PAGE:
Lola has a proud history of motorsport success stretching back 50 years. One blip it is keen to forget is its attempt to join the Formula 1 ranks in 1997. On paper, it sounded so promising: Lola chassis, potent Ford V8 engines and, most importantly, huge backing from Mastercard and Pennzoil. Unfortunately for them, F1 teams don’t race on paper, and the reality was nothing short of a total disaster.
The Huntingdon based outfit already had a lengthy association with F1 before it had visions on becoming a grand prix team in its own right. Since the early sixties, Lola constructed cars for a number of outfits, notably Graham Hill’s Embassy Racing team and American outfit Team Haas, before withdrawing from the pinnacle of motorsport following the disastrous T93/30 for BMS Scuderia Italia in the early nineties. Undeterred, Lola’s head-honcho Eric Broadley began putting together plans to bring the famous marque into F1 as a bonafide ‘works’ team.
Broadley’s dream quickly began to pick up pace and by 1995 an F1 prototype had been built and given a shakedown by Allan McNish. The following year it was announced that Lola were planning on participating in the World Championship in 1998. A $35 million sponsorship deal with credit card giant Mastercard would later put enormous pressure on the team, and saw them enter a year earlier than intended in 1997 – ill prepared.
The closest (and only) time the Mastercard Lola T97/30 came to starting a race was the season-opener in Melbourne. Former FIA F3000 champion Vincenzo Sospiri tried in vain, but fell short of the 107 per cent cut-off in qualifying. Strangely, he places the blame firmly on Jacques Villeneuve for his complete failure to start a grand prix.
“If he hadn’t done that fantastic pole lap, I would have qualified,” he says. Admittedly Villeneuve’s stunning lap was some 1.75 seconds clear of the opposition. But Sospiri’s was almost 13 seconds slower!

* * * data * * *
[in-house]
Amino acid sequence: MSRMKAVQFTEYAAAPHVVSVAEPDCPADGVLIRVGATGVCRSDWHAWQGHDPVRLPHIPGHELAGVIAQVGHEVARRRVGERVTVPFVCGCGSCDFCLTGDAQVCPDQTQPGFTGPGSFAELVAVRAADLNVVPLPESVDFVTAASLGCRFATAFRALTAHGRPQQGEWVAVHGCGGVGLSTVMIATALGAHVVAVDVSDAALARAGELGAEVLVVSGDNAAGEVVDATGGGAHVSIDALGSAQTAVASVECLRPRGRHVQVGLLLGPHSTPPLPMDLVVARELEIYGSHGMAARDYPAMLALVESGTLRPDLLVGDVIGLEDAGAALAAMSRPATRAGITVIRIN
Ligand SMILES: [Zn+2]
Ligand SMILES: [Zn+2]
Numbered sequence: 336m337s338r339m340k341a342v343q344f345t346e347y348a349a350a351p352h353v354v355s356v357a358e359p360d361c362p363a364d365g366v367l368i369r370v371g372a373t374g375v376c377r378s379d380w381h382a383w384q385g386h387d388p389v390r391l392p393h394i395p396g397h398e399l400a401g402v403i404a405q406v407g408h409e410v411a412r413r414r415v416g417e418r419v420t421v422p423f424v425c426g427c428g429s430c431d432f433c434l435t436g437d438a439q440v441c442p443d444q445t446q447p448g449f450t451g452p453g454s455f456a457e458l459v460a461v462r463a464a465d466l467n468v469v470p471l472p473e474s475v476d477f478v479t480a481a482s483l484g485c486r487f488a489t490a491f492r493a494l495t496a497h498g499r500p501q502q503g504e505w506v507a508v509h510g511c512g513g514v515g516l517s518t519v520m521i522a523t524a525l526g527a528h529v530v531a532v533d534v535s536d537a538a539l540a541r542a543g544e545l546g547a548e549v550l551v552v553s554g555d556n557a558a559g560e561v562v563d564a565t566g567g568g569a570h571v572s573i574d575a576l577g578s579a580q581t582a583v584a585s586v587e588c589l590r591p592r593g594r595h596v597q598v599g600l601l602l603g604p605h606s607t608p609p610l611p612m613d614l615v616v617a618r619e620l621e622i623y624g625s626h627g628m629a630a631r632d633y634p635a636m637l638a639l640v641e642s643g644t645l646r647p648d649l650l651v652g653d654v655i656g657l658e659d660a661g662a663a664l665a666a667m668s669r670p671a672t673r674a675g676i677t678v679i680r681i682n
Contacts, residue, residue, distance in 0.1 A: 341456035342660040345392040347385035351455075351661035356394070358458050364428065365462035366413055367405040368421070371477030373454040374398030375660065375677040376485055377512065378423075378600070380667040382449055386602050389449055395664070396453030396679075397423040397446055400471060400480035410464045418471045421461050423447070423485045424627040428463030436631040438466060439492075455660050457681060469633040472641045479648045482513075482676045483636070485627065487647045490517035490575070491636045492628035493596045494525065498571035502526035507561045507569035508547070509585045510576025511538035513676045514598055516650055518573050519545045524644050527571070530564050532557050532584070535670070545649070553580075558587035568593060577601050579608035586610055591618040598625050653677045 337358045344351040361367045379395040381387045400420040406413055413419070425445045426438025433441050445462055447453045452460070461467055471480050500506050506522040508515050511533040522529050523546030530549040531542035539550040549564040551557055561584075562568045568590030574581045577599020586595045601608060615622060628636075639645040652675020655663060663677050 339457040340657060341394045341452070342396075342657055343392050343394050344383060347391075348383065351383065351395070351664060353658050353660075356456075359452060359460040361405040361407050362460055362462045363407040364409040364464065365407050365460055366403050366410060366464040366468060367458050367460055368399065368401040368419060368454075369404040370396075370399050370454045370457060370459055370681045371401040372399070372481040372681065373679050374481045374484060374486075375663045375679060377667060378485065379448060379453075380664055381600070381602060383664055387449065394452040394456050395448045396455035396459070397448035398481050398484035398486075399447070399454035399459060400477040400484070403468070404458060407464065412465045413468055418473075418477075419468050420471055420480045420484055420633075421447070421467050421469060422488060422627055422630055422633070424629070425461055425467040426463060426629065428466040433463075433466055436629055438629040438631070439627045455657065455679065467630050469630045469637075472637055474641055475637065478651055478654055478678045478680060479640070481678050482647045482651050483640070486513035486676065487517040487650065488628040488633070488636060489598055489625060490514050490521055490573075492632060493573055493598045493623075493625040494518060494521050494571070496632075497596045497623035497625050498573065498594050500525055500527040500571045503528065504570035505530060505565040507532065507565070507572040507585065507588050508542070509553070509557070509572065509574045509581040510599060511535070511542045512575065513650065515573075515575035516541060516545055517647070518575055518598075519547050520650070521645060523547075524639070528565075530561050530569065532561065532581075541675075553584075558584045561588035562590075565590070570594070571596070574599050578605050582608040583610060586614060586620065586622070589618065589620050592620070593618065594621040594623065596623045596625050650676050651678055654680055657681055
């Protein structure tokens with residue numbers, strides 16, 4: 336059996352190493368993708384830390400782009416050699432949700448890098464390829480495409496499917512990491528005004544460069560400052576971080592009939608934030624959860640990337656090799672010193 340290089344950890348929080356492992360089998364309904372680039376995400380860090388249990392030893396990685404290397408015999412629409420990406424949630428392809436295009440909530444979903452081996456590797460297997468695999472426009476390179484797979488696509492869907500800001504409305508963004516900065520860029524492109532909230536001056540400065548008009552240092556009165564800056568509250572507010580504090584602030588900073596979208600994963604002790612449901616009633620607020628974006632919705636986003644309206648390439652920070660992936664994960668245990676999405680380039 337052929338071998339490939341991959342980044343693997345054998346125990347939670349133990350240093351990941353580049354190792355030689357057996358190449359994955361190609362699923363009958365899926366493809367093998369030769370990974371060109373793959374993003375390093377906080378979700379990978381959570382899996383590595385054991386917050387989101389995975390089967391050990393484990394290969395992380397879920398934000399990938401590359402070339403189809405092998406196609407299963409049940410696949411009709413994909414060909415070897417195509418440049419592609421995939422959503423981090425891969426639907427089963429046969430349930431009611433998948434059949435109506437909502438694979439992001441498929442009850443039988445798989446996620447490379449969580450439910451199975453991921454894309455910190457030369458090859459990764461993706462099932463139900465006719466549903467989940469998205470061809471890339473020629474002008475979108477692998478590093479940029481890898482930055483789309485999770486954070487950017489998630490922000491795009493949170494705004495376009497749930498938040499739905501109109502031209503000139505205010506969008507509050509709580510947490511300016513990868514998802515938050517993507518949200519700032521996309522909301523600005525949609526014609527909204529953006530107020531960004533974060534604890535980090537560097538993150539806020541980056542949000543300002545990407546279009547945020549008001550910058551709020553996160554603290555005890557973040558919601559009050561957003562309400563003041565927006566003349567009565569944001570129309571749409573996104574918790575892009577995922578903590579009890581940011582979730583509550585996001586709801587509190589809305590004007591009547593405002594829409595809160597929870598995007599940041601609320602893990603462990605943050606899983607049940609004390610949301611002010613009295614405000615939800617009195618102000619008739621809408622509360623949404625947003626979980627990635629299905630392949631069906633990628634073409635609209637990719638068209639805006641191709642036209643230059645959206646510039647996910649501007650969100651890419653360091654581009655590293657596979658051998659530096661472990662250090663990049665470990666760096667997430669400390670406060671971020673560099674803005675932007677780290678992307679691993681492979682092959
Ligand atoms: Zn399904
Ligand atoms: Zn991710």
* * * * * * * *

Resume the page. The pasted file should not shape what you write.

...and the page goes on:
“I only missed out by a small amount. (Team-mate) Ricardo (Rosset) was 1.5 seconds slower than me anyway.
“The car was not the best to drive. We had done 12 laps at Silverstone, that’s all. It was very difficult to handle in the corners, and lacked aerodynamic grip. Even in a straight line it was going left and right! No one seemed to know why.”
The Mastercard Lola F1 team summed up in 14 seconds.
Sospiri’s F1 dream then fell apart in quite comical circumstances when it came to the next race, the Brazilian Grand Prix.
With the shortcomings of the T97/30 all too apparent, new parts and development were in the pipe-line, along with an in-house built V10 engine for the immediate future. The team had something to be optimistic about, even after the woeful performance in Australia. But there was to be no second race for Lola.
“I actually found out the team was over from a Brazilian newspaper on the Thursday morning before the grand prix,” Sospiri recalls. “It said, ‘Lola is out’, so I thought, ‘What’s going on?’ and phoned Ricardo Rosset. He confirmed it was true. He was in the truck and said it was about to be locked up, so I asked him to get my stuff and my helmet too! I went to the track and everything was sealed. It was all over.”
Reflecting back on his brief spell in Formula, Sospiri adds: “It sounded such a good idea, I left my test role with Benetton and signed up for four years. They had plans to make their own engines the following year, but the budget was never there. Everything they’d told me wasn’t true. In F1, when that happens, it doesn’t take long to find out.”
During its short spell in Formula 1 as a fully fledge constructor, Lola had incurred £6 million of debt and was unable to recover from such a large deficit. They later went into receivership before being purchased by Irish business entrepreneur Martin Birrane and, despite a recent attempt, has not been involved in Fomrula 1 in any capacity ever since.
It’s difficult to gauge just how well Lola would have fared without the commercial pressures placed on them by main sponsors Mastercard. Their insistence that the team debut a year ahead of schedule caused the T97/30 to be rushed through the design phase, yet Broadley remained confident of relative glory; despite the fact the car had never seen a wind tunnel as there simply wasn’t enough time.
In comparison to fellow debutantes Stewart Grand Prix, Mastercard Lola were (and let’s not beat around the bush here) bloody awful. With the benefit of hindsight though, we can enjoy such bold statements from Broadley, who at the time believed that they would trounce the new Stewart team: “If we don’t beat them, then we deserve to be given a good kick up the backside. With our experience and back-up, it should be no problem,” and in response to his cars perhaps struggling to reach the 107% qualifying barrier, he said: “The 107% rule is actually quite a large margin. If we can’t do that, then we really shouldn’t be in it.”
Never a truer word spoken.